This is the second part of a three-day web series on homelessness in Nova Scotia. You can read the first part here. Check the Global Halifax website Friday morning for the third part, which will focus on how advocacy is shaping the conversation around homelessness in the province.
Emergency shelters do have a role to play in Nova Scotia — but those within the shelter system say they’re a symptom of the housing crisis, not a solution.
“Most shelter organizations would say that shelters are very much a Band-Aid,” said Michelle Malette, the executive director of the Out of the Cold Community Association.
“Ask anyone what they want. They want housing. They don’t want to be in a shelter.”
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There are currently more than 400 people struggling with homelessness in the Halifax region, according to the latest numbers from the Affordable Housing Association of Nova Scotia. More than a quarter of those experiencing homelessness are Indigenous or Black.
Homelessness data is sparse outside of the city, but there are dozens to hundreds of others who are unhoused outside of Halifax.
Currently, Out of the Cold is running an emergency shelter out of the Gerald B. Gray Memorial Arena in Dartmouth. Around 30 people are currently staying there, scattered in tents and forts where the facility’s ice rink once was. Malette said they can take 40 people at most.
People are able to stay there if they meet Out of the Cold’s mandate and aren’t able to access another shelter. For instance, most shelters don’t allow pets or couples to stay together.
But many parts of the shelter system are overwhelmed and Malette said they’ve begun hearing from people who can’t access another shelter because they’re all full.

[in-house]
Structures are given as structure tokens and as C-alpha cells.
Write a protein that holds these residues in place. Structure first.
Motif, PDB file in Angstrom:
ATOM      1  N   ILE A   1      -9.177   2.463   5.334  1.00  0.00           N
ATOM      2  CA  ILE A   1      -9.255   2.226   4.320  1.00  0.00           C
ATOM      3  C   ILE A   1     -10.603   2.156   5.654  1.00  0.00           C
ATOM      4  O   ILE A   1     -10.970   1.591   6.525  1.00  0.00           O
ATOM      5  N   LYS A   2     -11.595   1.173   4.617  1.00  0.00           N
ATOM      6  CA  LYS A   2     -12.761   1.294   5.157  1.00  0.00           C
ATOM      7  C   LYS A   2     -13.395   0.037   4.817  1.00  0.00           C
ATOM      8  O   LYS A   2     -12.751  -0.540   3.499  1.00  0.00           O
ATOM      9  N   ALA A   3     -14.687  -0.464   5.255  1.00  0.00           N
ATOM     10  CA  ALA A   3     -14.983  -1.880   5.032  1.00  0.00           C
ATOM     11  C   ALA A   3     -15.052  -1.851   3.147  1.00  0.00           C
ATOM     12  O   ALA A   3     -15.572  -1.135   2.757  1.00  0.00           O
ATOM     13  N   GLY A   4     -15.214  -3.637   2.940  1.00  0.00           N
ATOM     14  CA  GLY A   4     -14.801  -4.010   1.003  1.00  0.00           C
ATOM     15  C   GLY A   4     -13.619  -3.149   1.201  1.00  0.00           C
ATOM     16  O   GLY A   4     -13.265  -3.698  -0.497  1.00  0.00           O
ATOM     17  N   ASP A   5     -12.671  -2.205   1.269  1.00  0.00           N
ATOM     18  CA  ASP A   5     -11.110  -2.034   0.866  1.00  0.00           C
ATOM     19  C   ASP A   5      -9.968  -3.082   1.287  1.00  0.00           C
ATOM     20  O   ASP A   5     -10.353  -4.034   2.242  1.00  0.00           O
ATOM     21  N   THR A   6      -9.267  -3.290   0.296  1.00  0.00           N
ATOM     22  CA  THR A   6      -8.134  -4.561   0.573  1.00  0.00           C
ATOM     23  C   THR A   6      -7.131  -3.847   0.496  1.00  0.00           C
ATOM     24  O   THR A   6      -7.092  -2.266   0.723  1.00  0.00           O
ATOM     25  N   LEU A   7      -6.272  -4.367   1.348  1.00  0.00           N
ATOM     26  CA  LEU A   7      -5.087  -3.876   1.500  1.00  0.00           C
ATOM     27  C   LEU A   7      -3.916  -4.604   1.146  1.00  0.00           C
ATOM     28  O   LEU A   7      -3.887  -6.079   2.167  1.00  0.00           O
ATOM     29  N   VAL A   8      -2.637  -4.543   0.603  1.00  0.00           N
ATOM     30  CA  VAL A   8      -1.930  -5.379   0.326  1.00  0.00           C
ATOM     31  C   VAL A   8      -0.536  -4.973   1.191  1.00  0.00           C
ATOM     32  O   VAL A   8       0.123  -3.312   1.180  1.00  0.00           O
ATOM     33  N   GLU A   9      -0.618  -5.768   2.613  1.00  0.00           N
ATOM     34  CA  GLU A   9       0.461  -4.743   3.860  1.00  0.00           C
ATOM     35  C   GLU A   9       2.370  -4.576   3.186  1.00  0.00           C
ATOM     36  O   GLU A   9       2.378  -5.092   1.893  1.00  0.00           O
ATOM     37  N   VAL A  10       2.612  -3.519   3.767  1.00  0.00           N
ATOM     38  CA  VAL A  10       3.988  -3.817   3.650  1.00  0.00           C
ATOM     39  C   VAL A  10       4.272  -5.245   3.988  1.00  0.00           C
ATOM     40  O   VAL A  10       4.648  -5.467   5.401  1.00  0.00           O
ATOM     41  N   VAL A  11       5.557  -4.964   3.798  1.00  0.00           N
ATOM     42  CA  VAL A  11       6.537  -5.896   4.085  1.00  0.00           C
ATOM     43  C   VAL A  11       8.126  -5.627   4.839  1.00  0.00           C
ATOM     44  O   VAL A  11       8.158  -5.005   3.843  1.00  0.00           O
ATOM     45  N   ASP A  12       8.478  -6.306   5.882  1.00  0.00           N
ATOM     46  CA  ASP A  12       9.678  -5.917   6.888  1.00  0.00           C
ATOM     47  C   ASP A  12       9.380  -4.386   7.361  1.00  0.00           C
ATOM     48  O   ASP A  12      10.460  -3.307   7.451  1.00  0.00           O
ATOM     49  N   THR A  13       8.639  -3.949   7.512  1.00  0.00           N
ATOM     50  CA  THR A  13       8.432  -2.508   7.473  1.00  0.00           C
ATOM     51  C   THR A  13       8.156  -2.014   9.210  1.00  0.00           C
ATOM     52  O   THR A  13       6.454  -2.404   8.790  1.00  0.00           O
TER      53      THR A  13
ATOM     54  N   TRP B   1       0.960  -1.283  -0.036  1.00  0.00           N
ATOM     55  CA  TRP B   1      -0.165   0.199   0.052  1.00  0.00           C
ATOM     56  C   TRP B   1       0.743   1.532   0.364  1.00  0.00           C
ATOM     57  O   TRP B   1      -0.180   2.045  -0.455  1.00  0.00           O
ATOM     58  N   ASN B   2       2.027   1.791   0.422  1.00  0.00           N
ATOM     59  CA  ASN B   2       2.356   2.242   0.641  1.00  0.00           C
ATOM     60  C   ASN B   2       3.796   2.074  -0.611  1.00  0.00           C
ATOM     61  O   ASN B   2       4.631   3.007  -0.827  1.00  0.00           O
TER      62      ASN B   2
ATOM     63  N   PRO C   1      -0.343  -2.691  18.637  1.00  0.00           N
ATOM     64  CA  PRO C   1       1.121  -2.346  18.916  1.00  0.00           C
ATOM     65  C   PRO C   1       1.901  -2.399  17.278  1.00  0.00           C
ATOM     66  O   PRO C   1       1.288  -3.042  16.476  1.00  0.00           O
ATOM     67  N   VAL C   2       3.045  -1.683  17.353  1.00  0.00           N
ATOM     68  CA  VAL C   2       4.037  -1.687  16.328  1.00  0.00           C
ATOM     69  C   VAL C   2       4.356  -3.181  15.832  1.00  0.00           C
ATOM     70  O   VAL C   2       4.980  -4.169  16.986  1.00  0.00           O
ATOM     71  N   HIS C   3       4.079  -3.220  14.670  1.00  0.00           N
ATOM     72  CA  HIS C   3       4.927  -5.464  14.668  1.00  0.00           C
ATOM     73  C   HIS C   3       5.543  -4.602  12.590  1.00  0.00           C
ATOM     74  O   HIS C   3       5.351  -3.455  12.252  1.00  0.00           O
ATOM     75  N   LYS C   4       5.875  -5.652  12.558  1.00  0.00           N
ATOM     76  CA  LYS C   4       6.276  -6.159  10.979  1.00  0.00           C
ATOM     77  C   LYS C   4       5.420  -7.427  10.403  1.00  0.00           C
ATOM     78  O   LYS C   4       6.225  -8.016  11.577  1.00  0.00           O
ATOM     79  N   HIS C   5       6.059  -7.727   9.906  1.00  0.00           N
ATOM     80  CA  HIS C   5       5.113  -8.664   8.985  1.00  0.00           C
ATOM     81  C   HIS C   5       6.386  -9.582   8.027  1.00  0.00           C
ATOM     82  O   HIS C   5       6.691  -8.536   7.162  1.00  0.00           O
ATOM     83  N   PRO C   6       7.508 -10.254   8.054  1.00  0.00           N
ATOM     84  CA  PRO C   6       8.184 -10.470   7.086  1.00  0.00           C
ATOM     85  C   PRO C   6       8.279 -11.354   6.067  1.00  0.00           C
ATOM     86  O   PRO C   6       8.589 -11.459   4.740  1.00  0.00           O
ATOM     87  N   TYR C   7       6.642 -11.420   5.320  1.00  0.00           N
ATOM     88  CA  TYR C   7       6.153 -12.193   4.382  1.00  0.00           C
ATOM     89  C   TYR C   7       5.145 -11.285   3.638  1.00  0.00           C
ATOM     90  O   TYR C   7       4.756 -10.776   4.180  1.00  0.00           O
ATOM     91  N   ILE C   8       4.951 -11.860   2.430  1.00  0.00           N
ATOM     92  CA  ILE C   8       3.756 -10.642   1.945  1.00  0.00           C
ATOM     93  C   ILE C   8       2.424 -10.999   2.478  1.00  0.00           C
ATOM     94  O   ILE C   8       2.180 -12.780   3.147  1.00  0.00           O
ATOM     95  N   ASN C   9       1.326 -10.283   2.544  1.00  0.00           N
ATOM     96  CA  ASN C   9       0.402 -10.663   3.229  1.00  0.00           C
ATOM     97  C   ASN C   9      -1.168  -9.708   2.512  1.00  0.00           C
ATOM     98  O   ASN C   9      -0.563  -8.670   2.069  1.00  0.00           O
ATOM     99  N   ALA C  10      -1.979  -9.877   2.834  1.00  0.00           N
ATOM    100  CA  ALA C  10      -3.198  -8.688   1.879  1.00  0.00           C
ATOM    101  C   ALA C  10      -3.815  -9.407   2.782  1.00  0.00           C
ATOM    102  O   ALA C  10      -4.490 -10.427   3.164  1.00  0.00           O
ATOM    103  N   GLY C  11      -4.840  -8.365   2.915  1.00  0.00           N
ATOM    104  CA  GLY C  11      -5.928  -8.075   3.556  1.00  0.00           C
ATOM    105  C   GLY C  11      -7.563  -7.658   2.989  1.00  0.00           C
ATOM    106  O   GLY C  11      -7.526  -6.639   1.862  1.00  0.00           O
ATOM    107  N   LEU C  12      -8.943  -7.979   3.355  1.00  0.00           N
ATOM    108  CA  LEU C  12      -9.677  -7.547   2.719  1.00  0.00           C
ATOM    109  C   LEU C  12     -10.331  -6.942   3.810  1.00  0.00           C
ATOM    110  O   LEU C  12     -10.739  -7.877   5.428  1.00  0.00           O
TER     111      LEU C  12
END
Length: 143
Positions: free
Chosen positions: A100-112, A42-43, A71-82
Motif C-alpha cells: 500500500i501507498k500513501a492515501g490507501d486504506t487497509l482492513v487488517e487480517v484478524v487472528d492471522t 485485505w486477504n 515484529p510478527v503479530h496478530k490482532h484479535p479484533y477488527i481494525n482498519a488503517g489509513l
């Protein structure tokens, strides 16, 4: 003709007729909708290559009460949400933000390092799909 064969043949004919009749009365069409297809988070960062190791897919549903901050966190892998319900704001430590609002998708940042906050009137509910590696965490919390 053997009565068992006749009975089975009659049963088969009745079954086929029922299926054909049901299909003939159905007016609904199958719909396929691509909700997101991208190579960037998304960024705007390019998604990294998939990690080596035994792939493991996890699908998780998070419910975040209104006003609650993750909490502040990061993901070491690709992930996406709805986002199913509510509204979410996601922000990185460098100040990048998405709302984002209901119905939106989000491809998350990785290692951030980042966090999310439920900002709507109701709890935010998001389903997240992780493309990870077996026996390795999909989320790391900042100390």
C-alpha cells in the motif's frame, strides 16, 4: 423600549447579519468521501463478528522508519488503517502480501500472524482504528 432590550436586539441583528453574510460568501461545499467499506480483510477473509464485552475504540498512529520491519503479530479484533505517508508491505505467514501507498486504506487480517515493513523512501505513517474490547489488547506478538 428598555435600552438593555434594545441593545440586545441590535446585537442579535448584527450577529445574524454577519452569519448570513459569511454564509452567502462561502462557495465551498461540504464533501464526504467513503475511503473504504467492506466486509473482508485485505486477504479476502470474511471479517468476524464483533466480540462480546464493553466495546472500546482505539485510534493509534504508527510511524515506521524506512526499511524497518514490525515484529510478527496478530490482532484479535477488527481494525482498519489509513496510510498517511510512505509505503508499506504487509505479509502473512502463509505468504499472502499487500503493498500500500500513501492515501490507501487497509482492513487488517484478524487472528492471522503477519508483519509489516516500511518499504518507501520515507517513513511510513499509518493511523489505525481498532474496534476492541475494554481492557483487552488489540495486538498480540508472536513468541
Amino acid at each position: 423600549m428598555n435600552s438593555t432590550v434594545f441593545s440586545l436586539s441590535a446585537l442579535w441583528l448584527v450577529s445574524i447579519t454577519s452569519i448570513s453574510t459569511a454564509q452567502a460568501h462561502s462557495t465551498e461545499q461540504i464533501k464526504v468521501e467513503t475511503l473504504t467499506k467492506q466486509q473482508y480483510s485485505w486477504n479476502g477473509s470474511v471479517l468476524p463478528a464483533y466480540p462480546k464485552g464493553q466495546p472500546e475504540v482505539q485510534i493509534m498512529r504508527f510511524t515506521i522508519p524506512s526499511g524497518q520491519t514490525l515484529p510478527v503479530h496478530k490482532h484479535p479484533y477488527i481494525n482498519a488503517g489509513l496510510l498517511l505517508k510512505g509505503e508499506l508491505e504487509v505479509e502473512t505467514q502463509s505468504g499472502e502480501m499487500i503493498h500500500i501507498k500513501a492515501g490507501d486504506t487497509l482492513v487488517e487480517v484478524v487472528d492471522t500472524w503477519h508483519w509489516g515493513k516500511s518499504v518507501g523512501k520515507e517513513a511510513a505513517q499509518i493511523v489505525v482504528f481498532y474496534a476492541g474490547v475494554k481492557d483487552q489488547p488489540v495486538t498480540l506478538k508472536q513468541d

Adding more beds won’t necessarily fix the problem, said Malette.
“There could be more shelter beds, but why would we not give people housing?” she said. “We want people to be housed. The solution is not more shelter beds.”
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As winter draws near and the weather gets colder, she said access remains the greatest issue within the shelter system and she’s concerned about the people who aren’t able to find a place to stay.
“It’s too cold. People are not going to survive the winter if there isn’t somewhere to come inside,” she said.
While shelters do offer some respite from the cold, they don’t provide them with what they really need: a place to call their own, which comes with a sense of stability, dignity and privacy.
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The problem is that affordable and accessible housing is becoming increasingly difficult to find, which is creating a backlog in the shelter system due to the people who are unable to transition into more permanent housing, said Malette.
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“The point of a shelter is that it’s something very emergency, for an emergent situation, and it’s not something long-term,” she said.
“And we’re seeing people stay long-term because we’re not able to move them on to housing.”
‘Tremendous impact’ on mental health
Sheri Lecker is the executive director of Adsum for Women and Children, which operates an emergency shelter as well as supportive community housing at three other locations around Halifax.
The emergency shelter, said Lecker, is “almost always at capacity” and has been that way for years.
“Sadly, the experience of turning people away is not something that’s new for us,” she said.